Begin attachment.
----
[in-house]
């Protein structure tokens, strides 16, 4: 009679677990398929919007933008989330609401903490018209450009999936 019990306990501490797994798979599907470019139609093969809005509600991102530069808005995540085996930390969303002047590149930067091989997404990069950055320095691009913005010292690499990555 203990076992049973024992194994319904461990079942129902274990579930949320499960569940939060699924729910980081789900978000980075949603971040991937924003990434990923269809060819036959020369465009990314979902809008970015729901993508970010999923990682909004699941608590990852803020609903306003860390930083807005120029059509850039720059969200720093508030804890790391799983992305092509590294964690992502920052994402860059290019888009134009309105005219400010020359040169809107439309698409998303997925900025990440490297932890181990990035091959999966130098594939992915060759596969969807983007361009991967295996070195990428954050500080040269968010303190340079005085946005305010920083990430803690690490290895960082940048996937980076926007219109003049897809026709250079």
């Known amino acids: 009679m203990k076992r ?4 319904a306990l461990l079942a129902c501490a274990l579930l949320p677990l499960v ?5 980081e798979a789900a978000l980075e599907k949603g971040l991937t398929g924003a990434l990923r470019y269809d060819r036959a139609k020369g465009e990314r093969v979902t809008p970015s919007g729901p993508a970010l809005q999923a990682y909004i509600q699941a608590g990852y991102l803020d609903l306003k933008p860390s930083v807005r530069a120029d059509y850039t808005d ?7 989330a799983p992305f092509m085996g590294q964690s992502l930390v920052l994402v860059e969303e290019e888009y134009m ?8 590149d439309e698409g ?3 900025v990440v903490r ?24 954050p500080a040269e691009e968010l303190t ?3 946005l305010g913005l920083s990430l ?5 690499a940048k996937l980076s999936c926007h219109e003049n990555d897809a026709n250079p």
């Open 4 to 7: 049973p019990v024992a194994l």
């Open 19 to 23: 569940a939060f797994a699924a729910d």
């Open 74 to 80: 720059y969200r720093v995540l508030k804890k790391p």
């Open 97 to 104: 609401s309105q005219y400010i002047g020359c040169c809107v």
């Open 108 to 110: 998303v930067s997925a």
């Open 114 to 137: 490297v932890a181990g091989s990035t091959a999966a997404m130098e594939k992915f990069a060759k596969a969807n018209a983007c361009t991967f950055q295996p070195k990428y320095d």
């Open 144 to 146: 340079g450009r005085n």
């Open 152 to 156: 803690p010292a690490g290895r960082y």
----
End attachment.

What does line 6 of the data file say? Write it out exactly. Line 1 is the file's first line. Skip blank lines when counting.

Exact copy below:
């Open 74 to 80: 720059y969200r720093v995540l508030k804890k790391p």